No matter where you are in India,
don't ask for beef or pork if
they are not on the menu.
In Condé Nast Traveler's December issue, writer Boris Kachka has done the (sometimes embarrassing, sometimes quite costly) work to find out the who, what, where, when, and how of giving gratuities in 26 countries. Below, some tipping snippets from Brazil and India. For more, check out the December issue, on stands now.
At restaurants: No tip required; 10 percent is routinely included in the bill for "servico."
At hotels: Two dollars per bag for the porter; no tip expected for the concierge; $2 a day for the housekeeper.
Guides and drivers: Round up for cabdrivers; for a private driver, give about $20-$50 for a full day, depending on the quality of the service; same for an all-day tour guide (they rely heavily on tips, so be generous).
Who else? At ecoresorts in the Amazon, there are often boatmen in addition to tour guides. Tip them $10-$15 per day.
Dollars accepted? Yes, and encouraged, due to a favorable exchange rate.
Note: "Brazilians are discreet and subtle when it comes to business transactions," says travel agent Jill Siegel of South American Escapes. "It's helpful when tipping someone not to make a great display. You might verbally thank them, shake their hand, and express your appreciation while handing the bills folded."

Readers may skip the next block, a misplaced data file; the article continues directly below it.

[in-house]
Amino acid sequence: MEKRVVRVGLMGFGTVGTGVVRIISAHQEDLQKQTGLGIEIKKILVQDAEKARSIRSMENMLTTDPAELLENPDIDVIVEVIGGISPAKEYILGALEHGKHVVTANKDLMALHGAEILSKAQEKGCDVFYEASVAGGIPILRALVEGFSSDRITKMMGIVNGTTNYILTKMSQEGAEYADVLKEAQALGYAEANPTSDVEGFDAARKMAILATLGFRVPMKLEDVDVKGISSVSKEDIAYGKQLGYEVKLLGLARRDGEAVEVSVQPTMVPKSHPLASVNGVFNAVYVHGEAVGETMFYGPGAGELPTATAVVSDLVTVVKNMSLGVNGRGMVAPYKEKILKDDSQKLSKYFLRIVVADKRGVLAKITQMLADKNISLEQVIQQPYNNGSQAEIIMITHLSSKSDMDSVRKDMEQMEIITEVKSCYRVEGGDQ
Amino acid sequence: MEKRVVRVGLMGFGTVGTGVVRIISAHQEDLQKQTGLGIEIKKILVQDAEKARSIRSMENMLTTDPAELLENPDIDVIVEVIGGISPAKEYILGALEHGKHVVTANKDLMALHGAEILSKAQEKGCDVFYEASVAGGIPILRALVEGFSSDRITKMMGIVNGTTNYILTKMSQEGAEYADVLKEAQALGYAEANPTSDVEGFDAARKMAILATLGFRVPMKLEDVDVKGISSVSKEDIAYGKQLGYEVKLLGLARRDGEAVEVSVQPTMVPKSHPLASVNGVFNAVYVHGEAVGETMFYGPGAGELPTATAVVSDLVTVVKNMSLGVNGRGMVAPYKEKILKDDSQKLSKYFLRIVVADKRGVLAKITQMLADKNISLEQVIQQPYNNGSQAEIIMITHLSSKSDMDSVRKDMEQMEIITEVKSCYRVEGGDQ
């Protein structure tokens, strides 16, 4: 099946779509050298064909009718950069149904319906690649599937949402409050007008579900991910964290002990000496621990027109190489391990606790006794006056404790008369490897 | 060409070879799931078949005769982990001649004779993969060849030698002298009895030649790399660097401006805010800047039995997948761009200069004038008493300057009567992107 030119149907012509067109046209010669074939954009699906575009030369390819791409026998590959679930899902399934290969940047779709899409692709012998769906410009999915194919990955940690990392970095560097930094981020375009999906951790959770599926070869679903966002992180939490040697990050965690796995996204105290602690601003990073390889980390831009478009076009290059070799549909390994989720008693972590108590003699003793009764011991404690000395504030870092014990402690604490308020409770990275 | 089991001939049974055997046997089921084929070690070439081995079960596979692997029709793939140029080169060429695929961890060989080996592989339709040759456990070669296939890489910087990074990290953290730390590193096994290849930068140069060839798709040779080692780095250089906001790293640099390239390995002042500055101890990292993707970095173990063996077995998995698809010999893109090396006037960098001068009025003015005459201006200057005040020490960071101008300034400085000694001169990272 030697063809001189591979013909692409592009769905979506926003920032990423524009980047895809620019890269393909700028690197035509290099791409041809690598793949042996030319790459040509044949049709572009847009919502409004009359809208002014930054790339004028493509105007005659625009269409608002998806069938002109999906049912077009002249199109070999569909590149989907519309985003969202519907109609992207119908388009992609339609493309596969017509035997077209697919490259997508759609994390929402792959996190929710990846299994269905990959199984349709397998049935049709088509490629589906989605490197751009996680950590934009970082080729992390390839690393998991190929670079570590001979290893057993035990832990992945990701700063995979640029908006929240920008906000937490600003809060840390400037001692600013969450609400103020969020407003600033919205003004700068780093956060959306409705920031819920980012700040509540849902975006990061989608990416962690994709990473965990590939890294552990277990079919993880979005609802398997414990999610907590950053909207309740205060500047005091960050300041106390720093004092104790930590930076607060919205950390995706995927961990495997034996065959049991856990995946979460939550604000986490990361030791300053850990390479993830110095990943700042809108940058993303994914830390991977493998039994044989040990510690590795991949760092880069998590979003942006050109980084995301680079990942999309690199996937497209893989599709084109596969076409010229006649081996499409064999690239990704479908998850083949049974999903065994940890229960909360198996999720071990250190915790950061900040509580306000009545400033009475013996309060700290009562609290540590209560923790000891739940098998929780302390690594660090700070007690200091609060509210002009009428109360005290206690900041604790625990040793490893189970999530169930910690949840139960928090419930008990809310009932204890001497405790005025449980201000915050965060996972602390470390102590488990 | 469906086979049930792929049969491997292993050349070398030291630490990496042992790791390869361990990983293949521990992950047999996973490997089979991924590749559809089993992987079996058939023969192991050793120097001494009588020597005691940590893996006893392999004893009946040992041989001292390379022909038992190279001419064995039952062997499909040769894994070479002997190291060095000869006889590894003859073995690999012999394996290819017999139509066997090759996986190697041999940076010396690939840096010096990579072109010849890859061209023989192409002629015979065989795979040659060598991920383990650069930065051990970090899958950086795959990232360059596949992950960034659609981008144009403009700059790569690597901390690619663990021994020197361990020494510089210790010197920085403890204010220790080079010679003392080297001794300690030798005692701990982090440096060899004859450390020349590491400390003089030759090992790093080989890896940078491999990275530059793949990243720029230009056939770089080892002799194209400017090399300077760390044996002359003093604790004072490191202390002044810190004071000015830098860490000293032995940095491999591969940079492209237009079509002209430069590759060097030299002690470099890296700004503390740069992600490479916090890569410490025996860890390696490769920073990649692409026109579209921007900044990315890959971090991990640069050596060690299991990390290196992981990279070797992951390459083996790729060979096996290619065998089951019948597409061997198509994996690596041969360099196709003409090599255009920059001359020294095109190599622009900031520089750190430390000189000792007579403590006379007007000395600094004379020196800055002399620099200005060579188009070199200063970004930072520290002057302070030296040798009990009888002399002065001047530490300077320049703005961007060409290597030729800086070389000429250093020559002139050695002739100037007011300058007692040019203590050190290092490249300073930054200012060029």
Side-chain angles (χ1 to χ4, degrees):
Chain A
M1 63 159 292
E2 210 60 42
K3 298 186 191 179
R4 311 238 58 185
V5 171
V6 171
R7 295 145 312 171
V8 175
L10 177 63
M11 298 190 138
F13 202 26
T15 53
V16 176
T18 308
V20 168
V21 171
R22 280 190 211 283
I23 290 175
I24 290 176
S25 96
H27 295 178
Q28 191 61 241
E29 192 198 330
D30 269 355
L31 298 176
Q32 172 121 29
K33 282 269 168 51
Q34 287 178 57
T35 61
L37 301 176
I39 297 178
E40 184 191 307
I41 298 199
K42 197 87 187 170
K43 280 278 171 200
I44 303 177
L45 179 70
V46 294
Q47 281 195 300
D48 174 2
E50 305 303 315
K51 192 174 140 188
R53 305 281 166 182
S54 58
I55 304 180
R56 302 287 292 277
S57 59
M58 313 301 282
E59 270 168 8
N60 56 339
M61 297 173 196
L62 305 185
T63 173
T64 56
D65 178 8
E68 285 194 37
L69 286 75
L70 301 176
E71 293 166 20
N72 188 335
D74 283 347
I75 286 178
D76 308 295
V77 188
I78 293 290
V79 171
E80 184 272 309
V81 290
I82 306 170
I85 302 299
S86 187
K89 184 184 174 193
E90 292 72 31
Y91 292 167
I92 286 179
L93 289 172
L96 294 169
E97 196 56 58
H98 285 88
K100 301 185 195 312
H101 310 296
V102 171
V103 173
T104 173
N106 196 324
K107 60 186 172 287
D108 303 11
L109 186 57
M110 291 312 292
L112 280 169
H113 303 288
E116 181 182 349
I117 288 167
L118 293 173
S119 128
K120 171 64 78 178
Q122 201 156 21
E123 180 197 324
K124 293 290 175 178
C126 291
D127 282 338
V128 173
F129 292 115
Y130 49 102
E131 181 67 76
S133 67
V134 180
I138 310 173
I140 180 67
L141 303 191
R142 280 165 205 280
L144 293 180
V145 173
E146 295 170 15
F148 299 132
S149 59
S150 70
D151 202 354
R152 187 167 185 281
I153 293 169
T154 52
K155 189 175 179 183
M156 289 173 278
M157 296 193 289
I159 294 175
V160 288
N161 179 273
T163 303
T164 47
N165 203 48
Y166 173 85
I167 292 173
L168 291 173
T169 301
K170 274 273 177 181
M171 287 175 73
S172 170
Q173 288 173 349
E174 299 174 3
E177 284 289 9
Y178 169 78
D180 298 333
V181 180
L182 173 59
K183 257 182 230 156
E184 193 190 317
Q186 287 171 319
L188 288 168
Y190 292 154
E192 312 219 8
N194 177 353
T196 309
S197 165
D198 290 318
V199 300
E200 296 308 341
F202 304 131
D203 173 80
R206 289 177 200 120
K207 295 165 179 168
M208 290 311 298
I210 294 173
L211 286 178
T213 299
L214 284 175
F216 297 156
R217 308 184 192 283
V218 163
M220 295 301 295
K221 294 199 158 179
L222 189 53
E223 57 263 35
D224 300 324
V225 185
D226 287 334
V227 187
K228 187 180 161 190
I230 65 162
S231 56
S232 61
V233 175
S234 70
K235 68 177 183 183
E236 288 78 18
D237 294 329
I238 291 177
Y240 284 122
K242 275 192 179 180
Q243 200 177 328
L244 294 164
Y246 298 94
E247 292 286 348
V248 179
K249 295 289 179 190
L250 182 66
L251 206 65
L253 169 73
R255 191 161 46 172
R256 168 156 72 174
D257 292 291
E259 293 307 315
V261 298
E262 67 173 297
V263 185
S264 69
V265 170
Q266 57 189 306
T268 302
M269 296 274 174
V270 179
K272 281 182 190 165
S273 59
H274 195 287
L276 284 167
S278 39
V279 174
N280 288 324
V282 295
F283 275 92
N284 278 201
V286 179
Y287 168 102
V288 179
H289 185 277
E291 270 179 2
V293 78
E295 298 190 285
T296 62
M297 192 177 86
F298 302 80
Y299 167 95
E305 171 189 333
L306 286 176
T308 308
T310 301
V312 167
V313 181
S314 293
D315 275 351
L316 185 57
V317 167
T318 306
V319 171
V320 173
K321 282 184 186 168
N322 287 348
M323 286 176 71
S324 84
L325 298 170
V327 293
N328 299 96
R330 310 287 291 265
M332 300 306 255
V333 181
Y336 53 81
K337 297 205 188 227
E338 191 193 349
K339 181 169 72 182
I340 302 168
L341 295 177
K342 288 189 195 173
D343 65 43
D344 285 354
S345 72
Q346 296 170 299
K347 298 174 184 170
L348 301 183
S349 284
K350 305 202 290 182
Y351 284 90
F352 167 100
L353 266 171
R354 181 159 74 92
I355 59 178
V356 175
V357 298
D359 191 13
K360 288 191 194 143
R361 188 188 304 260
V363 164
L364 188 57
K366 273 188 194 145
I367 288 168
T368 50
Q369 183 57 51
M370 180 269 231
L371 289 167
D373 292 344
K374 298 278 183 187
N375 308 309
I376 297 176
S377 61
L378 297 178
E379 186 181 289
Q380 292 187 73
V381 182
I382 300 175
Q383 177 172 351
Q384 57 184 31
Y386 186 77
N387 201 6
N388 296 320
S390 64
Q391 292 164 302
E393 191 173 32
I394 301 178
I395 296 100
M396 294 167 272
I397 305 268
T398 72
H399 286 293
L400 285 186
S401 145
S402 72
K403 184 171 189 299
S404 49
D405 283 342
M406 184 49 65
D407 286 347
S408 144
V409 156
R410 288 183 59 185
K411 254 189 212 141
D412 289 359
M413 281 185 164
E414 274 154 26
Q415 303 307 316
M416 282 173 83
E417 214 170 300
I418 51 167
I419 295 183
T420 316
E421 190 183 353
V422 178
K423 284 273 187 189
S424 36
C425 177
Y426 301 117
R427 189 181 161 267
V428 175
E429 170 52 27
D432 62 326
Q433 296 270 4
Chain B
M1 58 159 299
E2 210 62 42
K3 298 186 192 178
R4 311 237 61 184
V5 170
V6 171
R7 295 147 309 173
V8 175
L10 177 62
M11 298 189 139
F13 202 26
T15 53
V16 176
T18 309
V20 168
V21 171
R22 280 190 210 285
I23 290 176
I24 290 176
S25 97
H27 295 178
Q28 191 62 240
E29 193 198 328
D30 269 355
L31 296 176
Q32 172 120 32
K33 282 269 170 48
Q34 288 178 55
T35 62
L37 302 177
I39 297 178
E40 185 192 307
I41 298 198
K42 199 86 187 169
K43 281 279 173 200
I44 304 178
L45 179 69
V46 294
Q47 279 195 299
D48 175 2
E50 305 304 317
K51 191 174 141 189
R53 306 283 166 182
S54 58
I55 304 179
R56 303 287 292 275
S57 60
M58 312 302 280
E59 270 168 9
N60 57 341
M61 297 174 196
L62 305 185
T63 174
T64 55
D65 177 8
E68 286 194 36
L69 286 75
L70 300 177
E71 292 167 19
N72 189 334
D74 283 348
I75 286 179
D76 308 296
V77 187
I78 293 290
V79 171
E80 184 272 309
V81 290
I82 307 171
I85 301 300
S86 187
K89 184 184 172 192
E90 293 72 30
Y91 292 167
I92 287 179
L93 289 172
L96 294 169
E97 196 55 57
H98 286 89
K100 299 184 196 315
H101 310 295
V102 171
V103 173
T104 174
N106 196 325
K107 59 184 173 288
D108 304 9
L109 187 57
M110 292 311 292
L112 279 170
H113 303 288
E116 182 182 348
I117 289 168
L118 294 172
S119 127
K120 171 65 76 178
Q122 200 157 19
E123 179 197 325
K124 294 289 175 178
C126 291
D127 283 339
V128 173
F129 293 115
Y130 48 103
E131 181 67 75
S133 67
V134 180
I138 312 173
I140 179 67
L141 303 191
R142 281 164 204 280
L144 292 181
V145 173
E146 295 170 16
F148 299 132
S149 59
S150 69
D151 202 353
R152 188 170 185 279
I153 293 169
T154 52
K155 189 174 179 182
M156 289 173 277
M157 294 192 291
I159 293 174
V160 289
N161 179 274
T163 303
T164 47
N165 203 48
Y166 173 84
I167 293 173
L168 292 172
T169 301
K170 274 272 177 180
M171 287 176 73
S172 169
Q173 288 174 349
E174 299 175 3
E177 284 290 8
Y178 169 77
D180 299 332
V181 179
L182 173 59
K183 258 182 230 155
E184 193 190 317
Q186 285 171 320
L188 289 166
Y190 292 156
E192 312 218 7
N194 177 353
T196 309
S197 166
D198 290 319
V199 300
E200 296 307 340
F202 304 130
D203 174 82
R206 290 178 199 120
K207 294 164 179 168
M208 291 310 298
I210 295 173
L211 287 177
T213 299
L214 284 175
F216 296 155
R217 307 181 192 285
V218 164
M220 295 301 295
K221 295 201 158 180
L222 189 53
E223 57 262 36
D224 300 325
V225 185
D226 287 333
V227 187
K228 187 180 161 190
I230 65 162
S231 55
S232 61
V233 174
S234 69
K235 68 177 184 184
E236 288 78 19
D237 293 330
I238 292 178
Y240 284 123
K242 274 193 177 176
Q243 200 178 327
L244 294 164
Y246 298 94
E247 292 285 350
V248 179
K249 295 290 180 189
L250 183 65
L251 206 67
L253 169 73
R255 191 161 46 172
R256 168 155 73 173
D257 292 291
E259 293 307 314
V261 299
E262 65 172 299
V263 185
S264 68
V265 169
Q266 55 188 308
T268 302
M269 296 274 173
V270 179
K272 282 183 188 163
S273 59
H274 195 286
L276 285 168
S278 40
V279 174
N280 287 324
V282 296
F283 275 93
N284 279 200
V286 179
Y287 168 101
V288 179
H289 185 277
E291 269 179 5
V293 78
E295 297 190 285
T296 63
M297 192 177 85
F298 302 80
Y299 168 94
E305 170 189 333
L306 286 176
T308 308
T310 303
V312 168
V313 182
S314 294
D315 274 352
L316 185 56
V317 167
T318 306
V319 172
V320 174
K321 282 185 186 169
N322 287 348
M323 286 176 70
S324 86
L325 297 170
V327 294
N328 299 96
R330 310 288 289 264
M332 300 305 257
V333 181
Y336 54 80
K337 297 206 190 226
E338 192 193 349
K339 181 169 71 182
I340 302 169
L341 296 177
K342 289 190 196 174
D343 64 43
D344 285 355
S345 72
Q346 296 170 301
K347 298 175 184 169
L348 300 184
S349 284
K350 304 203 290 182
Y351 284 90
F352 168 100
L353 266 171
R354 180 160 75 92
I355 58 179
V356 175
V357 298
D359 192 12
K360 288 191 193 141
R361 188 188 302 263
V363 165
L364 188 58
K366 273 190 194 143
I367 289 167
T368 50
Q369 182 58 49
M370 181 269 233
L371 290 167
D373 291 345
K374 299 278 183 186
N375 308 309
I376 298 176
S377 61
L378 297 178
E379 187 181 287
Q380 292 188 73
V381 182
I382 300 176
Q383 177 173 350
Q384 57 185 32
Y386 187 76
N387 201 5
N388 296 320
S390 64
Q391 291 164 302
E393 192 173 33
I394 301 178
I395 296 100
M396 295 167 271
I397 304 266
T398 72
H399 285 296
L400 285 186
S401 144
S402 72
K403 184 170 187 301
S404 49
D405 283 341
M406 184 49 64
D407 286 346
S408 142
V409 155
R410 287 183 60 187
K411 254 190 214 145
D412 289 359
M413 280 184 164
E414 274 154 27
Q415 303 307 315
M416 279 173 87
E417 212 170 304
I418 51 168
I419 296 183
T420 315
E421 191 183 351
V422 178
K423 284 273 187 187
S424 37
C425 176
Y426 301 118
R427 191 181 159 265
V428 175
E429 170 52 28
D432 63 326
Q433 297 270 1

At restaurants: Fifteen percent to the waiter (or a few rupees at more modest establishments), though many posh spots now include a 10 percent service charge.
At hotels: Fifty rupees (about $1) per bag for the porter; 250 rupees a night for the (low-paid) housekeeper.
Guides and drivers: Fifty to 100 rupees a day for the car and driver. They usually expect lunch money for the day--about 40 rupees. Taxi and rickshaw drivers aren't accustomed to tips, but you can tell them to keep the change--up to 10 percent.
Who else? Don't be surprised if people ask for a tip for no apparent reason. The novelist and frequent India visitor Daphne Beal has even had people knock on her hotel room and ask, apropos of nothing, if "everything is all right." She doesn't tip them.
Dollars accepted? Yes, but not usually preferred.
Note: Beal finds tipping, or "baksheesh" as it's known, "kind of agonizing in India." One problem is the difficulty of getting small bills. "I tend to hoard them for tipping purposes," she says.
For more from this tipping guide--from Japan to Jordan--check out the December issue of Condé Nast Traveler.
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